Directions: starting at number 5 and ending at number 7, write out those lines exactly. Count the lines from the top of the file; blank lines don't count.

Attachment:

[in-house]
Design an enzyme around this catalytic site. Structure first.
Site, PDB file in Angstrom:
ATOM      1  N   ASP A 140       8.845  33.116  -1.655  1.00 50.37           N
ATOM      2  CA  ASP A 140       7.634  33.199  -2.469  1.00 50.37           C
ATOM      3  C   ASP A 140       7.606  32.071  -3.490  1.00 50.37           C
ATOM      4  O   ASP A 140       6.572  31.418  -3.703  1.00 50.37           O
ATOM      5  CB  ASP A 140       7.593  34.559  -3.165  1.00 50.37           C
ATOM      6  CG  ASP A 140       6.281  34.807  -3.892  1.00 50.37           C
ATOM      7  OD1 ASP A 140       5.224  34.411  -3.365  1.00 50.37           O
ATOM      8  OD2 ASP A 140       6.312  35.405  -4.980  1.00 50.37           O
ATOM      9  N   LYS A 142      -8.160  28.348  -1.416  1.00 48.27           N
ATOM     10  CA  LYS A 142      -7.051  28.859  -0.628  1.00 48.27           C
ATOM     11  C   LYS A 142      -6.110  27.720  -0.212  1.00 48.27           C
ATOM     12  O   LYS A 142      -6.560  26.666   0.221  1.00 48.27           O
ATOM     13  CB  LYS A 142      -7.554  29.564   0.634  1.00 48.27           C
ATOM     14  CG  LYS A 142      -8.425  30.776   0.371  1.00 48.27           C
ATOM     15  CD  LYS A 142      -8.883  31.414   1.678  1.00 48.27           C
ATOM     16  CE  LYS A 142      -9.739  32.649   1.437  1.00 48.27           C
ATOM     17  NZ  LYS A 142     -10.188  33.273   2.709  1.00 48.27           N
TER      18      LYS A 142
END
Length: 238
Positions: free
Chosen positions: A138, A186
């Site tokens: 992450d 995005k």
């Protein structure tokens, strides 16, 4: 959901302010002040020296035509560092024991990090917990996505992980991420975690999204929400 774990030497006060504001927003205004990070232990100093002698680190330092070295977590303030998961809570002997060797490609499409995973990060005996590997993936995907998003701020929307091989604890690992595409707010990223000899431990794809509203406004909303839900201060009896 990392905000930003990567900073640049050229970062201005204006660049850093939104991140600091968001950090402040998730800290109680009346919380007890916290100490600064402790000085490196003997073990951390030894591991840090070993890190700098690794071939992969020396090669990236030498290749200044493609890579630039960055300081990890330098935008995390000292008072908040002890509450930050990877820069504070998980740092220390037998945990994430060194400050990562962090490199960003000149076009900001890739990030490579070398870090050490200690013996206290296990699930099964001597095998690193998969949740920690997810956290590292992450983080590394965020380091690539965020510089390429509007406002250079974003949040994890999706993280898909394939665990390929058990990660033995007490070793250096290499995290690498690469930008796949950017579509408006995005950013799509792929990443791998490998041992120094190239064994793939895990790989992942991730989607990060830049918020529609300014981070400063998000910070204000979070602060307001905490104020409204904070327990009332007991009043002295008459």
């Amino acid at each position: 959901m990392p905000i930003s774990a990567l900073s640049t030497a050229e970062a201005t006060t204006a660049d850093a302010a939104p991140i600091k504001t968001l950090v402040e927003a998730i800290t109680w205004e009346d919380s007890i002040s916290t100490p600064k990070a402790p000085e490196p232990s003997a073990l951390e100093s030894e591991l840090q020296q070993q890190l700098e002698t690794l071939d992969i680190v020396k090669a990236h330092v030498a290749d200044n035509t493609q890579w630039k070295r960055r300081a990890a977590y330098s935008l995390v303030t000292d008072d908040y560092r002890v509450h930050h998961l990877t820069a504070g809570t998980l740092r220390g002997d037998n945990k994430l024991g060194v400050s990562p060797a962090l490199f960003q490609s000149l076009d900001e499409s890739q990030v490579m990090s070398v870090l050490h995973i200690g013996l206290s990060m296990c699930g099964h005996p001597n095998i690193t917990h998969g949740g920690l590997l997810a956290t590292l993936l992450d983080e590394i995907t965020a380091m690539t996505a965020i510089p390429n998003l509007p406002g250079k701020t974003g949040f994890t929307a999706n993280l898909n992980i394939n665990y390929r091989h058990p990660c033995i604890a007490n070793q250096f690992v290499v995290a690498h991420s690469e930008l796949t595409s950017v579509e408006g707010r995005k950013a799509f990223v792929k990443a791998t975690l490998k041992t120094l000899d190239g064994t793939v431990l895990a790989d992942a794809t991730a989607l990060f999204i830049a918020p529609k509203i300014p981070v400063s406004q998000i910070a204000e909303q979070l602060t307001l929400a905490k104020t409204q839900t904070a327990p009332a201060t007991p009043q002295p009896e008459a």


ATOM      2  CA  ASP A 140       7.634  33.199  -2.469  1.00 50.37           C
ATOM      3  C   ASP A 140       7.606  32.071  -3.490  1.00 50.37           C
ATOM      4  O   ASP A 140       6.572  31.418  -3.703  1.00 50.37           O